Battle for the Bike Lanes - KALB-TV News Channel 5 & CBS 2

Battle for the Bike Lanes

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ALEXANDRIA, La. - The bike lane on Bolton Avenue has caused quite a stir since it was put in. Businesses are concerned about having less parking, and cyclists are worried about the cars blocking the lanes. Now it looks as though the debate will move to City Hall.

But a local group is trying to strengthen the case for bike lanes, saying if they can teach cyclists and motorists to share the road safely, maybe we won't have to get rid of bike lanes.

Ed Kendrick was hit by a car while cycling in June. He's still feeling the effects.

Ed Kendrick, Kisatchie Bicycle Club: "That was really traumatic, and it's really been a life-altering experience for me."

And with a broken skull, severe lacerations on his head, and a broken hand, he says he will be for some time.

Kendrick: "Probably several years before my body can reclaim what it had."

But Kendrick says this accident could have been avoided. That's why he's advocating for more bike lanes--and bike safety--in Cenla.

Kendrick: "We need to start somewhere and get going with it."

On Tuesday, a committee meeting of the Alexandria City Council will hear both sides of the debate over the new bike lanes on Bolton Avenue.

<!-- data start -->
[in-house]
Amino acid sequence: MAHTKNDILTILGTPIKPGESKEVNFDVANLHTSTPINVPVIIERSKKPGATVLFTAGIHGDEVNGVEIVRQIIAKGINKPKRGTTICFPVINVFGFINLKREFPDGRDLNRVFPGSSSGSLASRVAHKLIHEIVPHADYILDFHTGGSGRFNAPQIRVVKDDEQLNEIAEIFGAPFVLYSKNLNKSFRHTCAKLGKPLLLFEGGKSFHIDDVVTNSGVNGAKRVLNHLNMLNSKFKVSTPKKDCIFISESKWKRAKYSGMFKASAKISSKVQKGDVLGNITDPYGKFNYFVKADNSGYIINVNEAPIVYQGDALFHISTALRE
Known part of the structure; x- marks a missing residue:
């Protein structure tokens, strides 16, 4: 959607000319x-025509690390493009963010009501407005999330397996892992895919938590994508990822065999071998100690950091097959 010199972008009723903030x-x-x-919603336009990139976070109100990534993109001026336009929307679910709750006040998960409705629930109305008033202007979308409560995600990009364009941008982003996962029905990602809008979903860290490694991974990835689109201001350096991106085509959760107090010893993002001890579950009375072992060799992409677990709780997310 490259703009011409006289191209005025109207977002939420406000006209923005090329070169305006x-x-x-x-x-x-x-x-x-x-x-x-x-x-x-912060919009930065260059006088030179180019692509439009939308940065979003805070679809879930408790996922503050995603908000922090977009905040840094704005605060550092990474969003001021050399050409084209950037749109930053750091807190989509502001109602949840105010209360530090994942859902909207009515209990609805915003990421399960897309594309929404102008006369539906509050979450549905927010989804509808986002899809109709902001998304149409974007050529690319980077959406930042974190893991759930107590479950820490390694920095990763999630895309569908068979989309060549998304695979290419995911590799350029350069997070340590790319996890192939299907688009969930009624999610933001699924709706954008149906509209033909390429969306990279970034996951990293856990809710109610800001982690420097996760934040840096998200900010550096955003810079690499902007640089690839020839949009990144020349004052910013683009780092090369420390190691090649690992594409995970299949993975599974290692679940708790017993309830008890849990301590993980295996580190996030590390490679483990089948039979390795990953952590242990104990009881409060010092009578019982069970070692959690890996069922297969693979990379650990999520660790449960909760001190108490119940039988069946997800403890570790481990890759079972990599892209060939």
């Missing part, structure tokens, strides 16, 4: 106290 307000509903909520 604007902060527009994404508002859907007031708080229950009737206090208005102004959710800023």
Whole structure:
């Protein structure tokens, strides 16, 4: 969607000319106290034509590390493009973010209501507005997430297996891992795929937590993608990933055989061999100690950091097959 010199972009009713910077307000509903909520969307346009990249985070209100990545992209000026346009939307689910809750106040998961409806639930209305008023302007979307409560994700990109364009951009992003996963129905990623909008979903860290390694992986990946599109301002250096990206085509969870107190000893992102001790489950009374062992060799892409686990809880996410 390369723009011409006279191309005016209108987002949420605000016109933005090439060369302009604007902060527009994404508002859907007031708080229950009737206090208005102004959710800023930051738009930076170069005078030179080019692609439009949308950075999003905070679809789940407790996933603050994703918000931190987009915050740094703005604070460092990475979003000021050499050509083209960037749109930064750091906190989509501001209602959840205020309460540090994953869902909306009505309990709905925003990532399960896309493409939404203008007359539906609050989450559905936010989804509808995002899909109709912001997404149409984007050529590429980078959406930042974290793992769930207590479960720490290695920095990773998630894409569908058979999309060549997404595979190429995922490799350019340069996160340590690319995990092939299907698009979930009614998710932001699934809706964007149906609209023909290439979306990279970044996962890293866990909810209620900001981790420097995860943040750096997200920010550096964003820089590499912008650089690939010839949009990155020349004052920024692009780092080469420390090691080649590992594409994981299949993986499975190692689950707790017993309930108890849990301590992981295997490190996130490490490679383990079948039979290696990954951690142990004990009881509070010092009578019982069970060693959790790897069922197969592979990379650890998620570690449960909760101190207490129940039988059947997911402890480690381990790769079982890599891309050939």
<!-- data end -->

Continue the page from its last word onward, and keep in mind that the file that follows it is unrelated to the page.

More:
Stacey McMickens, CEO Fit Families for Cenla: "If this bike lane gets shut down, we've basically gone back to square one, where we have nothing."

Stacey McMickens and Fit Families for Cenla are heading up new programs to teach bike safety. She says she hopes this will show the city council that cyclists are ready to be on the roads with other vehicles.

McMickens: "To get motorists to respect us, we need to follow the laws and the rules, and so that's what we want to encourage cyclists to do. So it's a two-way street in that sense, that there needs to be education on both sides."

McMickens says she understands concerns about bike lanes, but there should be a sense of perspective.

McMickens: "It's not our intent to take away anyone's parking, but it's very important that we understand that it's parking areas versus people's safety."

Three months after his accident, Ed Kendrick is back to cycling. But he says he's striving to be careful, and daring to be hopeful that Cenla gets more bike lanes soon.

Kendrick: "Our society is getting busier. We have more people, more businesses, more activity. And hopefully cycling, and bicycle commuting, will become more of what we do."

And if you want to see more bike lanes in Cenla, there's an online petition sponsored by Fit Families.

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